Cambridge University Press, 2014.
As the Cambridge English: First exam is changing from January 2015, this review is one of a series of coursebooks designed to prepare learners for the exam. Reviews are also available for:
The version of the book I looked at was the 2nd Edition, with 2015 exam specifications.
Unsurprisingly for a Cambridge English: First exam preparation book, this is a B2 level coursebook, though it seems aimed at a university age market, somewhere between 18-24. I say that because some of the recurring characters in the book are student age and while some of the content is aimed at older adult students, the feel of the book is definitely young adult. I’m honestly not sure how much material there is in there. The structure is quite bitty – lots of smaller self-contained sections – and obviously it depends how you teach the material as to how long it takes you to cover it. If you just pushed on through, with a bit of bookending to give the lessons a beginning and ending, then I expect it would be about 5 lessons a unit. If you extended out and made some of the smaller sections a lesson focus and supplemented to that effect, then maybe 8 lessons a unit? So somewhere between about 80 hours and 140 hours of material, but then that upper figure does require additional material from elsewhere.
I only had access to the student’s book and the workbook. There is also a teacher’s book and resource CDROM available. And the “Presentation Plus” pack, which seems to be the digital version of the book and teacher’s book, adaptable to projector or IWB. Which I haven’t seen.
The criticism here is one that can be leveled at many exam books: much of the skills work is skills practice, not skills development. Receptive tasks are dealt with in the standard “pre-task prediction / task / one question discussion” model. Productive tasks are dealt with from a model / language input perspective. Which is, again, quite common and not necessarily a bad thing – learners do need the relevant language to perform the relevant tasks after all! The writing sections are quite detailed and mostly seem to use a model for learners to analyse and do lead learners through all the different things they need to consider for exam success, though I’m not sure about the integration of language input work into these sections, it seems a bit split focus to me.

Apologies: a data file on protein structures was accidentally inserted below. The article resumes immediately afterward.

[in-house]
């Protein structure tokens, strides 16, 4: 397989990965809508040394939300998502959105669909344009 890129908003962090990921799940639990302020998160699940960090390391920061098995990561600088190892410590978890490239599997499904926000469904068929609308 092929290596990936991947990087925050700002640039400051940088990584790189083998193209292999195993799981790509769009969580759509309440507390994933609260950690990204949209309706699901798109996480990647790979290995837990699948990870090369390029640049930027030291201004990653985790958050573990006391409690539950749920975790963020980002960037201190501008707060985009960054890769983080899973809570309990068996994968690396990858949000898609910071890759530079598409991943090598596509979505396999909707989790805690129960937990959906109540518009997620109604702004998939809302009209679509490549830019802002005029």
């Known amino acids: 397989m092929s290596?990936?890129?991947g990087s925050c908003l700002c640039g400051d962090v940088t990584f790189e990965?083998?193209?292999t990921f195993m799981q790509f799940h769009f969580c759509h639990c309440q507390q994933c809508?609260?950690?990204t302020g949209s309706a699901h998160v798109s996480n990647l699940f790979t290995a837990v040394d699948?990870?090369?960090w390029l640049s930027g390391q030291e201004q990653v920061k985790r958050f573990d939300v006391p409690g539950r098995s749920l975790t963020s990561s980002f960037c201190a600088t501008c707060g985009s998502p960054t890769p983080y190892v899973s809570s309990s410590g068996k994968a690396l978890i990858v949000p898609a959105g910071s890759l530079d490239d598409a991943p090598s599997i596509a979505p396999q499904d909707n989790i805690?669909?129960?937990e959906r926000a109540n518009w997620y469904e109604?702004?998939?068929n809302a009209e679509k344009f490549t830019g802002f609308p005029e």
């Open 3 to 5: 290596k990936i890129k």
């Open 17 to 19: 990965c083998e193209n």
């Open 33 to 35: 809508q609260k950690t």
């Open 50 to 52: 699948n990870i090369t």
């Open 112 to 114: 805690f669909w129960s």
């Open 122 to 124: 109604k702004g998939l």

Language input is mostly text based in what I think of as attempted noticing – the examples are often drawn from the text and then analysed, or at least the learners are given the chance to think about which rules apply to what. Followed of course by lots of practice activities. One nice feature is that the language practice is often contextualised into an exam type task, giving practice of the task types without an overt focus, though these do also appear elsewhere in the units.
Not too bad – there’s enough white space on the page so that it doesn’t come across as too crowded or overbearing, though it does get a little bit dense in places. Lots of sunny blue sky pictures with carefully multi-cultural smiling faces….
6.5/10. I think the book has everything it needs, and which learners need, for some fairly thorough preparation. Despite the young adult focus, it feels like quite an old book and just looks a bit dry in places. I think for an adult group it would be fine. My main concern is how easy it would be to work with – I suspect it would need quite a lot of adaptation. Obviously all books need a certain amount of adaptation to fit the needs of their classes, but I feel that Complete needs a bit more work than most – not because the materials are poor quality, they are not – but because this is a book where you need to make constant decisions about what to leave in, what to leave out and what to focus on in class and I think that makes it harder work to use effectively than some of it’s competitors.
Disclosure: The image and title links above and at the top of the page are affiliate links. Purchases made through these links provide a small referral fee.